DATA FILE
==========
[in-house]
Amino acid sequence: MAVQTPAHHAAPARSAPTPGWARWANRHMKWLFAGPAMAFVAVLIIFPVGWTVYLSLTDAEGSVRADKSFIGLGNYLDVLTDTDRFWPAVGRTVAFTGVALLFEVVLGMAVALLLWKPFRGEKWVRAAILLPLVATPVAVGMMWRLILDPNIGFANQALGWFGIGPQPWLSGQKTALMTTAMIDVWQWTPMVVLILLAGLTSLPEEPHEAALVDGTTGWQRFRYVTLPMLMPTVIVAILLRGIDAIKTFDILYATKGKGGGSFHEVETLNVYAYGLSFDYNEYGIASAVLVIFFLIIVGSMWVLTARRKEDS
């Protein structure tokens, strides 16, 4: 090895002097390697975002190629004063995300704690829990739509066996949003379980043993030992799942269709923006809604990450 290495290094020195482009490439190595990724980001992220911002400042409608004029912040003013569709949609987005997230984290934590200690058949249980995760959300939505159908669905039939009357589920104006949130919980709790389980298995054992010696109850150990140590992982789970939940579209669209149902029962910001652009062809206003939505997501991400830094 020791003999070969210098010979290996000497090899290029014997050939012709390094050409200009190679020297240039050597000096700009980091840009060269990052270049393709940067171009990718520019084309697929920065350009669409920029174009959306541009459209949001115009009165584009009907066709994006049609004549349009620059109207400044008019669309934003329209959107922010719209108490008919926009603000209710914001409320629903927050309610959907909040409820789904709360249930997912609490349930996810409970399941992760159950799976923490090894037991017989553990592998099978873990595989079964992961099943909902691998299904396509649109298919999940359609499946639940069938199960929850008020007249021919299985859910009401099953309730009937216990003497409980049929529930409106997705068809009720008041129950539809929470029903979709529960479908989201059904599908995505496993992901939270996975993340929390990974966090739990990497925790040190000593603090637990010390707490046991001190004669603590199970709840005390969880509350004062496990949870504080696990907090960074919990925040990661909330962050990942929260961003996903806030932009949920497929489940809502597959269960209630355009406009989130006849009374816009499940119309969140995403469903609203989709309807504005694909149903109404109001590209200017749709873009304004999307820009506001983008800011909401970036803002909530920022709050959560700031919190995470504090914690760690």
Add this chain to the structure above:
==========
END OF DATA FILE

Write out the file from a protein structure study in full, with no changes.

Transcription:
[in-house]
Amino acid sequence: MAVQTPAHHAAPARSAPTPGWARWANRHMKWLFAGPAMAFVAVLIIFPVGWTVYLSLTDAEGSVRADKSFIGLGNYLDVLTDTDRFWPAVGRTVAFTGVALLFEVVLGMAVALLLWKPFRGEKWVRAAILLPLVATPVAVGMMWRLILDPNIGFANQALGWFGIGPQPWLSGQKTALMTTAMIDVWQWTPMVVLILLAGLTSLPEEPHEAALVDGTTGWQRFRYVTLPMLMPTVIVAILLRGIDAIKTFDILYATKGKGGGSFHEVETLNVYAYGLSFDYNEYGIASAVLVIFFLIIVGSMWVLTARRKEDS
């Protein structure tokens, strides 16, 4: 090895002097390697975002190629004063995300704690829990739509066996949003379980043993030992799942269709923006809604990450 290495290094020195482009490439190595990724980001992220911002400042409608004029912040003013569709949609987005997230984290934590200690058949249980995760959300939505159908669905039939009357589920104006949130919980709790389980298995054992010696109850150990140590992982789970939940579209669209149902029962910001652009062809206003939505997501991400830094 020791003999070969210098010979290996000497090899290029014997050939012709390094050409200009190679020297240039050597000096700009980091840009060269990052270049393709940067171009990718520019084309697929920065350009669409920029174009959306541009459209949001115009009165584009009907066709994006049609004549349009620059109207400044008019669309934003329209959107922010719209108490008919926009603000209710914001409320629903927050309610959907909040409820789904709360249930997912609490349930996810409970399941992760159950799976923490090894037991017989553990592998099978873990595989079964992961099943909902691998299904396509649109298919999940359609499946639940069938199960929850008020007249021919299985859910009401099953309730009937216990003497409980049929529930409106997705068809009720008041129950539809929470029903979709529960479908989201059904599908995505496993992901939270996975993340929390990974966090739990990497925790040190000593603090637990010390707490046991001190004669603590199970709840005390969880509350004062496990949870504080696990907090960074919990925040990661909330962050990942929260961003996903806030932009949920497929489940809502597959269960209630355009406009989130006849009374816009499940119309969140995403469903609203989709309807504005694909149903109404109001590209200017749709873009304004999307820009506001983008800011909401970036803002909530920022709050959560700031919190995470504090914690760690």
Add this chain to the structure above: